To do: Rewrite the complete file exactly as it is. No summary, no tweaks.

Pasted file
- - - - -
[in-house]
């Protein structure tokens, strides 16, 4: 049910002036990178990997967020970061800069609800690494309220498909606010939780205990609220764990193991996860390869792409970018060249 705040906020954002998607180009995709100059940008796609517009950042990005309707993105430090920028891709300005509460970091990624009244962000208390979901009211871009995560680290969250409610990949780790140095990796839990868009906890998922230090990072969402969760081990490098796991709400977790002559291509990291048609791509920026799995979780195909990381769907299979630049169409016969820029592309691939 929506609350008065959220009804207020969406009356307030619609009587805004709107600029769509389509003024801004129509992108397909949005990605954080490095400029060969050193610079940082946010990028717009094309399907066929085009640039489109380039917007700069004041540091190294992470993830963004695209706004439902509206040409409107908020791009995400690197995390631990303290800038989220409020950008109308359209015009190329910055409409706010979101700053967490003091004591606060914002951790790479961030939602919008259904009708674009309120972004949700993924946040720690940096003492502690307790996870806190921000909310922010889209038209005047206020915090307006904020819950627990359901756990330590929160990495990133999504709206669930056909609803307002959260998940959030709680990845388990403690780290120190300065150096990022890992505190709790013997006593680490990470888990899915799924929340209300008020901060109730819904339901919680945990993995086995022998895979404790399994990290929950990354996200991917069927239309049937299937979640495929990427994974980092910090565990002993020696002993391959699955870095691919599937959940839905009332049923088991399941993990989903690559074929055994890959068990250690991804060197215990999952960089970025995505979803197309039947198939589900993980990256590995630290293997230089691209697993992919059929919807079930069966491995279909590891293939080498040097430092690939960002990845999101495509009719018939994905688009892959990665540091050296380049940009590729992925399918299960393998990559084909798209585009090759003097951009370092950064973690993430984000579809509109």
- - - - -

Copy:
[in-house]
């Protein structure tokens, strides 16, 4: 049910002036990178990997967020970061800069609800690494309220498909606010939780205990609220764990193991996860390869792409970018060249 705040906020954002998607180009995709100059940008796609517009950042990005309707993105430090920028891709300005509460970091990624009244962000208390979901009211871009995560680290969250409610990949780790140095990796839990868009906890998922230090990072969402969760081990490098796991709400977790002559291509990291048609791509920026799995979780195909990381769907299979630049169409016969820029592309691939 929506609350008065959220009804207020969406009356307030619609009587805004709107600029769509389509003024801004129509992108397909949005990605954080490095400029060969050193610079940082946010990028717009094309399907066929085009640039489109380039917007700069004041540091190294992470993830963004695209706004439902509206040409409107908020791009995400690197995390631990303290800038989220409020950008109308359209015009190329910055409409706010979101700053967490003091004591606060914002951790790479961030939602919008259904009708674009309120972004949700993924946040720690940096003492502690307790996870806190921000909310922010889209038209005047206020915090307006904020819950627990359901756990330590929160990495990133999504709206669930056909609803307002959260998940959030709680990845388990403690780290120190300065150096990022890992505190709790013997006593680490990470888990899915799924929340209300008020901060109730819904339901919680945990993995086995022998895979404790399994990290929950990354996200991917069927239309049937299937979640495929990427994974980092910090565990002993020696002993391959699955870095691919599937959940839905009332049923088991399941993990989903690559074929055994890959068990250690991804060197215990999952960089970025995505979803197309039947198939589900993980990256590995630290293997230089691209697993992919059929919807079930069966491995279909590891293939080498040097430092690939960002990845999101495509009719018939994905688009892959990665540091050296380049940009590729992925399918299960393998990559084909798209585009090759003097951009370092950064973690993430984000579809509109």